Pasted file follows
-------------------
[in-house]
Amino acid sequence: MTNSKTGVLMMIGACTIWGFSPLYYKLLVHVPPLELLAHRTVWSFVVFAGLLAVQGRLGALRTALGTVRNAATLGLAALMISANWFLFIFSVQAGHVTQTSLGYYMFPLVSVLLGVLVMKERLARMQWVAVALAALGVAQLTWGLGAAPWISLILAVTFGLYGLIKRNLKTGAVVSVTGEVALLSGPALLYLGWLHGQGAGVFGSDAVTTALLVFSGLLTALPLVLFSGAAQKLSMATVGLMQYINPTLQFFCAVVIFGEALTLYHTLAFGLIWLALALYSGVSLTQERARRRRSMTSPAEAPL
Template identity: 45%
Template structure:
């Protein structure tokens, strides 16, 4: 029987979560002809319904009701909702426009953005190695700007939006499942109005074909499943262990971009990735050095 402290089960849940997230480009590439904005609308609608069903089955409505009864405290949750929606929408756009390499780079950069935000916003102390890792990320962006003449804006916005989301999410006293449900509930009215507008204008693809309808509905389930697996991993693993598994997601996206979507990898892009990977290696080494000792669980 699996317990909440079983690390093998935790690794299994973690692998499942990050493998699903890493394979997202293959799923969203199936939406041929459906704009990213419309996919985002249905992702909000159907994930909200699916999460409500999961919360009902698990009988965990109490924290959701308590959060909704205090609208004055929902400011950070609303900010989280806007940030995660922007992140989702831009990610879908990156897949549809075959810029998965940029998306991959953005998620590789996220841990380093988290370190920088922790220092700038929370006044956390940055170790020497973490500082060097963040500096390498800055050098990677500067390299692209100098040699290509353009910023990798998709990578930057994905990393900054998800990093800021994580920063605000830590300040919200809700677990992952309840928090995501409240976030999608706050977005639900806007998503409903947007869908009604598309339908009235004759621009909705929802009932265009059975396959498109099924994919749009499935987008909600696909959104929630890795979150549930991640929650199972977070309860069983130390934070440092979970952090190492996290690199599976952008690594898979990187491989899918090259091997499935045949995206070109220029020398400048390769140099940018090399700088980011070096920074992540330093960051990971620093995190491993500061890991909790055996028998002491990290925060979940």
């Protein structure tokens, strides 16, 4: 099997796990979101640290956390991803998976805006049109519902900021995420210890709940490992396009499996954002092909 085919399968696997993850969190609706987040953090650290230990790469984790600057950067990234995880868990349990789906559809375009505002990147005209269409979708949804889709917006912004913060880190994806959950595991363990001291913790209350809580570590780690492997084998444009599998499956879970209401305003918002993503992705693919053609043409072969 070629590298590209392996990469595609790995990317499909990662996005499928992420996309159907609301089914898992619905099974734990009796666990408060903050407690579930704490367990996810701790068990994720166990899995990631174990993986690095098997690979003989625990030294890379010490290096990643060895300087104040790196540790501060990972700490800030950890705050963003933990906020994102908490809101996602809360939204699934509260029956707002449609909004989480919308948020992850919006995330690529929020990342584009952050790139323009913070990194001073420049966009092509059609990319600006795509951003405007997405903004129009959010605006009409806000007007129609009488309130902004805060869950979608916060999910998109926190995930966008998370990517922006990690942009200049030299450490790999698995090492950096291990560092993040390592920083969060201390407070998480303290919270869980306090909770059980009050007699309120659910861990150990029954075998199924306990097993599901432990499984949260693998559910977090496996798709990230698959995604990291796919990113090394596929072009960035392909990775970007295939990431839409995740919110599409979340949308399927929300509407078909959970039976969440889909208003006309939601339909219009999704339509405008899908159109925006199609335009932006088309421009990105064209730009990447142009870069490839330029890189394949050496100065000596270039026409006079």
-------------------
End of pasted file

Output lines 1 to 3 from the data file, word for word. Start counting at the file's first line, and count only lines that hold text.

[in-house]
Amino acid sequence: MTNSKTGVLMMIGACTIWGFSPLYYKLLVHVPPLELLAHRTVWSFVVFAGLLAVQGRLGALRTALGTVRNAATLGLAALMISANWFLFIFSVQAGHVTQTSLGYYMFPLVSVLLGVLVMKERLARMQWVAVALAALGVAQLTWGLGAAPWISLILAVTFGLYGLIKRNLKTGAVVSVTGEVALLSGPALLYLGWLHGQGAGVFGSDAVTTALLVFSGLLTALPLVLFSGAAQKLSMATVGLMQYINPTLQFFCAVVIFGEALTLYHTLAFGLIWLALALYSGVSLTQERARRRRSMTSPAEAPL
Template identity: 45%